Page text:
Basic Information

P.O. Box 579 Death Valley, CA 92328

The main road transecting Death Valley National Park from east to west is California Highway 190. On the east in Nevada, U.S. Route 95 parallels the park from north to south with connecting highways at Scotty's Junction (State Route 267), Beatty (State Route 374), and Lathrop Wells (State Route 373).

Death Valley National Park

The park is open daily all year.

Standard Hours

  • Sunday: Open 24 hours
  • Monday: Open 24 hours
  • Tuesday: Open 24 hours
  • Wednesday: Open 24 hours
  • Thursday: Open 24 hours
  • Friday: Open 24 hours
  • Saturday: Open 24 hours

AUTUMN arrives in late October, with warm but pleasant temperatures and generally clear skies. WINTER has cool days, chilly nights and rarely, rainstorms. With snow capping the high peaks and low angled winter light, this season is especially beautiful for exploring the valley. SPRINGTIME is the most popular time to visit Death Valley. Besides warm and sunny days, the possibility of spring wildflowers is a big attraction. SUMMER starts early in Death Valley. By May the valley is too hot for most visitors

Entrance Fees:

Death Valley Entrance Fee - per vehicle - $20.00

This permit allows all persons traveling with the permit holder in one single private, non-commercial vehicle (car/truck/van) to leave and re-enter the park as many times as they wish during the 7-day period from the date of purchase.

Death Valley Entrance Fee - per individual - $10.00

This permit allows a single individual traveling on foot, motorcycle, or bicycle to leave and re-enter the park as many times as they wish during the 7-day period from the date of purchase. If the motorcycle or bicycle has more than one rider, each rider is charged the $10 fee.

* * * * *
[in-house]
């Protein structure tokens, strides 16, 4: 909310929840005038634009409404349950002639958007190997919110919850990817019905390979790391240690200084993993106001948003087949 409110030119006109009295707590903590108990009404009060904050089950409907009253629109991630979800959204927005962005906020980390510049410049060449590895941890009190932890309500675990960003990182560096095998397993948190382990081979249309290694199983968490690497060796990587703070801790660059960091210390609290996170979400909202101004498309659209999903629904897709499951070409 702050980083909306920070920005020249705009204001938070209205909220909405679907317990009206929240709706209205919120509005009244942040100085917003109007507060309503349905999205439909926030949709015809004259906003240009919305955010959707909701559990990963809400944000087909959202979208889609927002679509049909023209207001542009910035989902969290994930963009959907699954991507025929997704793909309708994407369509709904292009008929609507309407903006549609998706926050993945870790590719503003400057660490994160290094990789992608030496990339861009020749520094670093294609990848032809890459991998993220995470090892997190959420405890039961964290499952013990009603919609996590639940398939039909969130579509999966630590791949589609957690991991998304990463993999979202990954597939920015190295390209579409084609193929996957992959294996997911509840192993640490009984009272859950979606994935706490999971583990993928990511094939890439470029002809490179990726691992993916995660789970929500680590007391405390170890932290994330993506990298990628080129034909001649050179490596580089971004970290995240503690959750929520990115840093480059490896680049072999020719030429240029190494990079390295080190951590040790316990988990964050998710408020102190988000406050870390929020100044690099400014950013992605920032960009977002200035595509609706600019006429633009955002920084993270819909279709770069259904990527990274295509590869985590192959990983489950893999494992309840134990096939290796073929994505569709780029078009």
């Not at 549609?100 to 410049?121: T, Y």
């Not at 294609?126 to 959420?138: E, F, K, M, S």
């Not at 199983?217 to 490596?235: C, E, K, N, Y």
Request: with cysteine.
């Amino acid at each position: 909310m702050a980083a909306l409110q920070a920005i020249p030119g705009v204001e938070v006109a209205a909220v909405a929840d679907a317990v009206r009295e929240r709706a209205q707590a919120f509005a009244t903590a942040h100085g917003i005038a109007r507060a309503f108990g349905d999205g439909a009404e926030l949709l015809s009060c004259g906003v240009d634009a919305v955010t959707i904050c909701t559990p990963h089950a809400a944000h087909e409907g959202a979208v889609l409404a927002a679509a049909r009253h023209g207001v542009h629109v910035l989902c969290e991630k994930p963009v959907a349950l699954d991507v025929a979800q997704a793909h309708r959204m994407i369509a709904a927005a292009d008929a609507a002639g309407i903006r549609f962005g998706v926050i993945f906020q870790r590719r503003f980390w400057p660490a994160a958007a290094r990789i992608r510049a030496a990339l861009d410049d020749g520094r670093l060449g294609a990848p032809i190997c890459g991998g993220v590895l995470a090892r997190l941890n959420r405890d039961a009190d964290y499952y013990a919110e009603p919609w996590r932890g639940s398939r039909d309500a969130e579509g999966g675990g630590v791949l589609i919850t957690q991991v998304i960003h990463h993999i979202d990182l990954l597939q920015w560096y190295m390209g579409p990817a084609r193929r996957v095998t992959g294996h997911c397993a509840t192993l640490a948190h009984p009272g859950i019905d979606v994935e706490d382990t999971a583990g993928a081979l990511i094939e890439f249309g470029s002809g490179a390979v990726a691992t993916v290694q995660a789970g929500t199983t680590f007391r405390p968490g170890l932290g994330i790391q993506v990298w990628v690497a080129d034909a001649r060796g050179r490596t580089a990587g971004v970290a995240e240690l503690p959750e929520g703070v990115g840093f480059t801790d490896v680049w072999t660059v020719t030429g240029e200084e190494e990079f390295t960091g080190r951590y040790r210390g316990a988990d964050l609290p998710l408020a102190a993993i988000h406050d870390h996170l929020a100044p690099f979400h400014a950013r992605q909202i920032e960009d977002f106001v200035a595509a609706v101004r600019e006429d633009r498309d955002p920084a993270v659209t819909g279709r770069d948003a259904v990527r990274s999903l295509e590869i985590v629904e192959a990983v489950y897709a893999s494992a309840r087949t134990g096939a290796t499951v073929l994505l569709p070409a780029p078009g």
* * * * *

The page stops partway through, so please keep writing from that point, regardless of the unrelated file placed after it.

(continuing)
Entrance Passes:

Death Valley Annual Pass - $40.00

Annual pass providing free entrance to Death Valley for 12 months from the date of purchase

Furnace Creek Visitor Center

Come in and chat with a ranger about what to see in Death Valley. Visit the museum and see the 20 minute long park film to learn more about the rich cultural and natural resources of your park.

 
Above-Golden-Canyon-04
 
Death Valley is the largest U.S. National Park outside Alaska at 3.4 million acres. Nearly 1000 miles of paved and dirt roads provide access to locations both popular and remote. Even so, 91% of the park is protected as officially designated Wilderness. That wild country includes low valley floors crusted with barren salt flats, rugged mountains rising as much as 11,000 feet, deep and winding canyons, rolling sand dunes, and spring-fed oases. Whether you have an afternoon or a week, careful planning will help make your visit safe and enjoyable.

What to expect
Death Valley is generally sunny, dry, and clear throughout the year. Winter and spring (October through April) are mild with occasional winter storms and a chance of spring wildflowers. Winter requires warm clothing and light to medium jackets. As the temperatures rise in spring, shorts and light clothing are enough, but higher elevations can still be chilly. Summers are extremely hot and dry. Daytime temperatures may exceed 120°F and nights remain hot with overnight lows in the 90s. Outside activity is not recommended at that time of year, except in the mountains. Plan to keep to the main roads and use your vehicle's air conditioning. It is very important to drink water year round. Always carry water with you and keep an abundant supply in your vehicle in case of emergency.




Contact the Park

Mailing Address:

P.O. Box 579
Death Valley, CA 92328

Phone:

(760) 786-3200

Contact Us